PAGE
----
The April 15 meeting also included a presentation by Stewart Gordon and Alan Haber, who are advocating to put a temporary, artificial ice-skating rink at the northwest corner of the Library Lane parking lot. They asked the board to designate a liaison from the library, to facilitate communications as the project unfolds – they hope to construct and open it by Oct. 15. Several commissioners board members expressed skepticism about the proposal, stressing concerns over financing and security issues.

The board also heard from five people during public commentary. Topics included concerns over the hiring of Allerton-Hill Consulting, and thanks for support the library’s support of the ArborWiki and Old News projects. [Full Story]

Ypsilanti: Master Plan

WEMU reports on a clash between an update to Ypsilanti’s master plan regarding the long-vacant Water Street site, and a possible Washtenaw County recreation center, which has been proposed for the northwest corner of the property. From the report: “The design team that’s taking public input and converting it into recommendations for council recommends locating the proposed recreation center further south on the parcel, mostly due to the building’s large size and parking requirements.” [Source]

Ypsilanti May Ask to Join AATA

The Ypsilanti city council might ask that Ypsilanti join the Ann Arbor Transportation Authority. Ypsilanti city councilmember Pete Murdock informed the AATA board of that possibility during remarks at the board’s April 18, 2013 meeting. On the Ypsilanti city council’s agenda for April 23 is a resolution making the request. [.pdf of Ypsilanti council resolution]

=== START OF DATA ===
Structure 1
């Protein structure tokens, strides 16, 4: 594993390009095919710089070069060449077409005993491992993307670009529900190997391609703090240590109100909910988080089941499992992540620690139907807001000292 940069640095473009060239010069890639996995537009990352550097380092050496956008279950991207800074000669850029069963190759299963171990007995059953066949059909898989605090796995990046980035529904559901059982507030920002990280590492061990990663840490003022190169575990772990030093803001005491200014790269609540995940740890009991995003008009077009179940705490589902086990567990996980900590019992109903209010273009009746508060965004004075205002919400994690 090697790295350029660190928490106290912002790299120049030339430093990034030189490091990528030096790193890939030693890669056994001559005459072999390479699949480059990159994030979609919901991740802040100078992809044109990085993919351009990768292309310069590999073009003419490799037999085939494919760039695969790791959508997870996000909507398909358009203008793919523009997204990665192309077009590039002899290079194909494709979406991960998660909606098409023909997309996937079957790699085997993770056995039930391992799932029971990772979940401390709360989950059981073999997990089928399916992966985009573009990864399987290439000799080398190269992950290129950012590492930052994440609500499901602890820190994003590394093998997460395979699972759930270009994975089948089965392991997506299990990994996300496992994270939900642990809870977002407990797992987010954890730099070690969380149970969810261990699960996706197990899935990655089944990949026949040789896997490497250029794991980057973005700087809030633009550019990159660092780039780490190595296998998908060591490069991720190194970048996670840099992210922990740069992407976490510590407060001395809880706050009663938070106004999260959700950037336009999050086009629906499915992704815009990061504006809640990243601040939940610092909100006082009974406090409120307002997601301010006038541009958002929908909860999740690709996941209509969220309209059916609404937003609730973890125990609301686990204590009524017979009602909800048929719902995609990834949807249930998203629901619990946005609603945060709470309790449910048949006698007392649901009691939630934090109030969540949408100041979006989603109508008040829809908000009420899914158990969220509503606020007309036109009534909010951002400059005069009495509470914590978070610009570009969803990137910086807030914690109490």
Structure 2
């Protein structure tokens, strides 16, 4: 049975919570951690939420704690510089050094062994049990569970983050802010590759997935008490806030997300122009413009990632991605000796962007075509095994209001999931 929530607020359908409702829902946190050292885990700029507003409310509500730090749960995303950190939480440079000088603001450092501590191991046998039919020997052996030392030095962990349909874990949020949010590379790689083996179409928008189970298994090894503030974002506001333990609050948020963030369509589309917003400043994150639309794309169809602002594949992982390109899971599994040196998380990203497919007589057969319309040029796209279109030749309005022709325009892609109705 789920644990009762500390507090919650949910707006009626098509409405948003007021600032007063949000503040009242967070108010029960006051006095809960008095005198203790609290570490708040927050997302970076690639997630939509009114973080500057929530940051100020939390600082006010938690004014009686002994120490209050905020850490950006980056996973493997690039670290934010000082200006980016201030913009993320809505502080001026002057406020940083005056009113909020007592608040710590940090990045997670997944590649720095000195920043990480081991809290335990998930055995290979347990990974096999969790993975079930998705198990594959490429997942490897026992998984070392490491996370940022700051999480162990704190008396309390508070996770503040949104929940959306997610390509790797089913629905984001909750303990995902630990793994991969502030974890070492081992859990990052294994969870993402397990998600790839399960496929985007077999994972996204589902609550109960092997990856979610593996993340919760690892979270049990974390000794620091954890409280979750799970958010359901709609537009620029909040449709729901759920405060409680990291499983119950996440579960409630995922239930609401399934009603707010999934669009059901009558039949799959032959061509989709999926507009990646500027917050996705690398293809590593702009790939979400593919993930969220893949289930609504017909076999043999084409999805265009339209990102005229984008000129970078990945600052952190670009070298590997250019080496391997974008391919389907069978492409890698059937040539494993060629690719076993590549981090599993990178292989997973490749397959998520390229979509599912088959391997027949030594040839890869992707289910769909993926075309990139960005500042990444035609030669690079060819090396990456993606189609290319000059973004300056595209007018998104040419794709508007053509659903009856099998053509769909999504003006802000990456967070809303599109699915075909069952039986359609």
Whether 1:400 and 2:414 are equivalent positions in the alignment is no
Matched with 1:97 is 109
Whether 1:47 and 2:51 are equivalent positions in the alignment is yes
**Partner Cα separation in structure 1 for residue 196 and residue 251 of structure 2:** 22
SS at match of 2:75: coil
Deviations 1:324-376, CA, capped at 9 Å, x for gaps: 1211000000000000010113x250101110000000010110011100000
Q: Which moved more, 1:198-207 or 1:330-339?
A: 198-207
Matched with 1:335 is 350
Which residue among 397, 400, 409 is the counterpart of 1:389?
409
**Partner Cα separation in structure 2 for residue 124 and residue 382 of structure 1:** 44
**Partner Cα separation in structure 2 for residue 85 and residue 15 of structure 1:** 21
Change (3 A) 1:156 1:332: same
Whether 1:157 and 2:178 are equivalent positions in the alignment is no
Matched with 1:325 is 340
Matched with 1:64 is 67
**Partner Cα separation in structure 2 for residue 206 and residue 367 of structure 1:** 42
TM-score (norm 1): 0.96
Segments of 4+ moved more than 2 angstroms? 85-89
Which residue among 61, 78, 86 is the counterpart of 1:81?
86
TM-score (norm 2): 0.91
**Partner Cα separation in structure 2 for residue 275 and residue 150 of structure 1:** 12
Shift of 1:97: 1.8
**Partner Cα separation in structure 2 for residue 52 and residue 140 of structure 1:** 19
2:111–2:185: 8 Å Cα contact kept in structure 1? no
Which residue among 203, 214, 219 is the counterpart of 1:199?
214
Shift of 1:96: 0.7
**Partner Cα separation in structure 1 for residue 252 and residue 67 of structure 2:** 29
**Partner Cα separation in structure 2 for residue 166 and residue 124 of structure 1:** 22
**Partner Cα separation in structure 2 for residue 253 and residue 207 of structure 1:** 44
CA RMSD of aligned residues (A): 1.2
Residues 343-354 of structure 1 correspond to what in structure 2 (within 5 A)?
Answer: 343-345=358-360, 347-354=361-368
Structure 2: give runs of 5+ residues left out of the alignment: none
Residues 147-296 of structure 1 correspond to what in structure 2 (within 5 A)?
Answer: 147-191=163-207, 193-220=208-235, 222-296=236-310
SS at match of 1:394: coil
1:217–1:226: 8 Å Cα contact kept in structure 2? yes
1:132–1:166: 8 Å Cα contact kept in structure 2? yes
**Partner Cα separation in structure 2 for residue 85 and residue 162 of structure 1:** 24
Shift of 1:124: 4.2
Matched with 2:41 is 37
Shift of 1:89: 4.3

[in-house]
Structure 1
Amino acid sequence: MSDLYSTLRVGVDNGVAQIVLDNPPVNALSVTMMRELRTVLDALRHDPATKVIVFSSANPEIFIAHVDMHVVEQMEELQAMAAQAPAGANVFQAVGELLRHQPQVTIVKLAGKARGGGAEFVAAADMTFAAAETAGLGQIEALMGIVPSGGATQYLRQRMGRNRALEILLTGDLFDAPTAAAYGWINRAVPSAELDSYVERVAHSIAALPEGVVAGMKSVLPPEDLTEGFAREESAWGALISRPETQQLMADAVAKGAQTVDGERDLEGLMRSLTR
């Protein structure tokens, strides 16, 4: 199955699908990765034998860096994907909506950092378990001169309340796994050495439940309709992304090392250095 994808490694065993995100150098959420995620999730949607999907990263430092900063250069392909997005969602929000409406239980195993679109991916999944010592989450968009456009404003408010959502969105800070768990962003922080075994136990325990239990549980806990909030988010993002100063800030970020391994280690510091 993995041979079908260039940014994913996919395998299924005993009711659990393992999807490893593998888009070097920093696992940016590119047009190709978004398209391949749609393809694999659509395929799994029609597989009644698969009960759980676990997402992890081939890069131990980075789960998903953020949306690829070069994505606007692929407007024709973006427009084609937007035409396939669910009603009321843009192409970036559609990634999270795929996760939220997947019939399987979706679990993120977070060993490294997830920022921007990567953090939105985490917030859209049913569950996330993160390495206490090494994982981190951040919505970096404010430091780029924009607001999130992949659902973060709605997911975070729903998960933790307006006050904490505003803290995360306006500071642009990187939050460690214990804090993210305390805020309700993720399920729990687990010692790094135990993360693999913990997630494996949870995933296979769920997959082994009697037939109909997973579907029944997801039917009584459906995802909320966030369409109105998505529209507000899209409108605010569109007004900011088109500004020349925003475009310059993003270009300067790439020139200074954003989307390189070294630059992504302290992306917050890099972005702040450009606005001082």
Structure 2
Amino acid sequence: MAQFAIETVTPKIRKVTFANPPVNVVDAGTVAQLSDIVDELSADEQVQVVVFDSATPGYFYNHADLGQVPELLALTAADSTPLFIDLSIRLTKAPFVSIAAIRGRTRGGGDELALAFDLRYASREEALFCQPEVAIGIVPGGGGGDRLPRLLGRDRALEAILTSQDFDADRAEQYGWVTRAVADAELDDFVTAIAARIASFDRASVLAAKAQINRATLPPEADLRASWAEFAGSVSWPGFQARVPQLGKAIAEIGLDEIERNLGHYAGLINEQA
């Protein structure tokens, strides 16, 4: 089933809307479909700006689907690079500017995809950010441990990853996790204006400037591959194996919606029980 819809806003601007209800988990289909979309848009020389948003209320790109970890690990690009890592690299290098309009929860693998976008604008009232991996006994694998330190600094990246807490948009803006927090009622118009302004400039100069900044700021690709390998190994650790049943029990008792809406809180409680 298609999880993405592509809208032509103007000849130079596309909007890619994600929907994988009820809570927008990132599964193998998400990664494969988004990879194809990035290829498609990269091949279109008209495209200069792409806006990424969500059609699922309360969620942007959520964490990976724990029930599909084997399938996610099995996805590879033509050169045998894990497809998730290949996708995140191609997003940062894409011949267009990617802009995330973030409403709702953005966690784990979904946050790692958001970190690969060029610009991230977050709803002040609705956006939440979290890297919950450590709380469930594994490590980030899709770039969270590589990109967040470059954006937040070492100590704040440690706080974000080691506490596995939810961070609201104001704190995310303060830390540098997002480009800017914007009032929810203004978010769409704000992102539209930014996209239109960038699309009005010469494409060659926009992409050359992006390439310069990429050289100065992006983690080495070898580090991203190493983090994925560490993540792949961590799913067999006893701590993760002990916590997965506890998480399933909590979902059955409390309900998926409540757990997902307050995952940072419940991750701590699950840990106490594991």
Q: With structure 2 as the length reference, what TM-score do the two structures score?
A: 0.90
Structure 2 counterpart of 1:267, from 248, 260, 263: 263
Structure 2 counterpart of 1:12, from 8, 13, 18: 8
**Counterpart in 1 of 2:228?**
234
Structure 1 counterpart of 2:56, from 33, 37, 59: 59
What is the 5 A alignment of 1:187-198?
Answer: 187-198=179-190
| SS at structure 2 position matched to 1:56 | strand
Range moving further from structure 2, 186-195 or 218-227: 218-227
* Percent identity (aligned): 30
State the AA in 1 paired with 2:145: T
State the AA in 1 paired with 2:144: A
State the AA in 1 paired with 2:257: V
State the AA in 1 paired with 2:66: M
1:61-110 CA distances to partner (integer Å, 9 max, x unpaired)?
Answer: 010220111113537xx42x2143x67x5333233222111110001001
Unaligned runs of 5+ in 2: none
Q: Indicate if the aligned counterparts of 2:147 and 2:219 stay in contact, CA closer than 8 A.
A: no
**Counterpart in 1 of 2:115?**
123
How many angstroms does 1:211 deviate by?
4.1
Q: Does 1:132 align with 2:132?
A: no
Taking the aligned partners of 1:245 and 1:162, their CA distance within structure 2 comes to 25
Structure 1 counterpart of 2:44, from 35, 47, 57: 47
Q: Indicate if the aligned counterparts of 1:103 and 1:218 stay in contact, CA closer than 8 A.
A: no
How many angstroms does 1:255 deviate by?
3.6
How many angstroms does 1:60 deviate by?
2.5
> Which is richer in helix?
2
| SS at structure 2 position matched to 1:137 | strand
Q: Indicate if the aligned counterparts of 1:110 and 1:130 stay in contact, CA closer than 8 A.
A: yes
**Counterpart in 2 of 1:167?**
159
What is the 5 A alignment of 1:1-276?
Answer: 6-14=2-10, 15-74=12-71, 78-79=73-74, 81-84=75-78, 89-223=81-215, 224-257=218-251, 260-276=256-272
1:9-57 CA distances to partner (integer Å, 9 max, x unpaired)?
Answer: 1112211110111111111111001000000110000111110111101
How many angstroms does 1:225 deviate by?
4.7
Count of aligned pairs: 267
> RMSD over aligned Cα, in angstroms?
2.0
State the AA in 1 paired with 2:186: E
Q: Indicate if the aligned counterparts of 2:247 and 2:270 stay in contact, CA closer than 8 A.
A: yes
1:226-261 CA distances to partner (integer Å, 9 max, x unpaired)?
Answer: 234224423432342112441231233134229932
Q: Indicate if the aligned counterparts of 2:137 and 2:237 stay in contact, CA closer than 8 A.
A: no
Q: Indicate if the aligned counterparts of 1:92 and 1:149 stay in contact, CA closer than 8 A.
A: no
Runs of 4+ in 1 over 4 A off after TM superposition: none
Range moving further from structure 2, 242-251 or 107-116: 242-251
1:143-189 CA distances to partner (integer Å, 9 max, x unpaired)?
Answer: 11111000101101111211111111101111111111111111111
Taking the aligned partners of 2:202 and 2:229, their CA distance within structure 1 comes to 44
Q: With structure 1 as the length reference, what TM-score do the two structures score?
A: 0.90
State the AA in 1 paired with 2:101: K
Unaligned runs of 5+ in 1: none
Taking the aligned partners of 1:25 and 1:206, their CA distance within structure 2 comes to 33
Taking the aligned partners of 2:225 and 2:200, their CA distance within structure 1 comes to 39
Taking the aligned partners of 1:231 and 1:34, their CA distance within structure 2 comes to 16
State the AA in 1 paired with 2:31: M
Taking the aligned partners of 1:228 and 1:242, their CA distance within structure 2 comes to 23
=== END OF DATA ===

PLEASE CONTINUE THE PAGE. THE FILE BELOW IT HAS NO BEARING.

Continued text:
Ypsilanit councilmember Pete Murdoch addressed the AATA board meeting on April 18, 2013.

Ypsilanti councilmember Pete Murdock addressed the AATA board meeting on April 18, 2013. (Photo by the writer.)

The resolution enjoys the support of Murdock as well as Ypsilanti mayor Paul … [Full Story]

AATA OKs AirRide Negotiations

Bus service between downtown Ann Arbor and Detroit Metro Airport could continue for a second year, at a significantly reduced cost to the AATA compared to the current contract. That’s the result of a resolution authorized by the board of the Ann Arbor Transportation Authority at its April 18, 2013 meeting.

Ridership on AATA AirRide Service through April 2013

Ridership on AATA AirRide service through April 2013.

The AATA provides the hourly service by contracting with Michigan Flyer. The current agreement between Michigan Flyer and AATA has a yearly not-to-exceed cost of $700,000 per year, running for two years starting April 1, … [Full Story]

AATA Bids Farewell to Nacht

The board of the Ann Arbor Transportation Authority has bid farewell to David Nacht, whose second five-year term will end on May 5, 2013. A resolution passed by the board at Nacht’s final regular board meeting, on April 18, 2013, highlighted several specific contributions made by Nacht during his decade of service.

Among the contributions cited in the resolution are: pursuing public transportation service between Ann Arbor and the Detroit Metropolitan Airport (AirRide); serving as chair of the board; serving as treasurer of the board; and helping negotiate the contract with the University of Michigan to provide service to university affiliates.

The traditional parting gift from the AATA to retiring board members is a mailbox, painted to make it resemble an AATA bus. … [Full Story]